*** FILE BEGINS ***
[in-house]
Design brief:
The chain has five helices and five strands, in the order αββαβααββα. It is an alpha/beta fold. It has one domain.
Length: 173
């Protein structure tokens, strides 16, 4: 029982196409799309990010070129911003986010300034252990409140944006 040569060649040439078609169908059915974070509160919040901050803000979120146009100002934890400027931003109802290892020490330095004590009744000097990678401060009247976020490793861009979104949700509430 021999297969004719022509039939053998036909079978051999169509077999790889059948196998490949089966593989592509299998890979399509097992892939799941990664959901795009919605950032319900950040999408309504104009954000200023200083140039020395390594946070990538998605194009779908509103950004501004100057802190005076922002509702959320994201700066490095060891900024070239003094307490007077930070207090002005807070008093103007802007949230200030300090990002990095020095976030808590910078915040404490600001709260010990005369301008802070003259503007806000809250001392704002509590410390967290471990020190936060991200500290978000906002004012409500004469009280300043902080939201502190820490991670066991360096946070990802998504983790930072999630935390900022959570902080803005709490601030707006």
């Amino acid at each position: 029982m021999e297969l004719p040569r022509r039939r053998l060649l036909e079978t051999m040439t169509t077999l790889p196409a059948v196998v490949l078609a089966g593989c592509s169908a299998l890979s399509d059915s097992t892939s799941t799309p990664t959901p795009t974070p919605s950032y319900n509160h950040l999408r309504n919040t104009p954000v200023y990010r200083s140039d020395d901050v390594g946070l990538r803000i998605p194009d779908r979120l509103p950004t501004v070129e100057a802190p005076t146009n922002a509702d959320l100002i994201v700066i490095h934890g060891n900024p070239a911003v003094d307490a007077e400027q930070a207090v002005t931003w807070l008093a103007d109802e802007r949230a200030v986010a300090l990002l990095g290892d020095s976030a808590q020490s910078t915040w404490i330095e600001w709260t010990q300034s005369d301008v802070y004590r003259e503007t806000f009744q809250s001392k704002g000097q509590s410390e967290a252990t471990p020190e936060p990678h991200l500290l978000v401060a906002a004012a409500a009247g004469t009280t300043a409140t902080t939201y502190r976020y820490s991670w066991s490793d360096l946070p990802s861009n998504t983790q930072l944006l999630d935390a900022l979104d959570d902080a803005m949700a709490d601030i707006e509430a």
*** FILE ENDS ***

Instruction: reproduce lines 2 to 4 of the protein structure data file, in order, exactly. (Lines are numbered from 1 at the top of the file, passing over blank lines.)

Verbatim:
Design brief:
The chain has five helices and five strands, in the order αββαβααββα. It is an alpha/beta fold. It has one domain.
Length: 173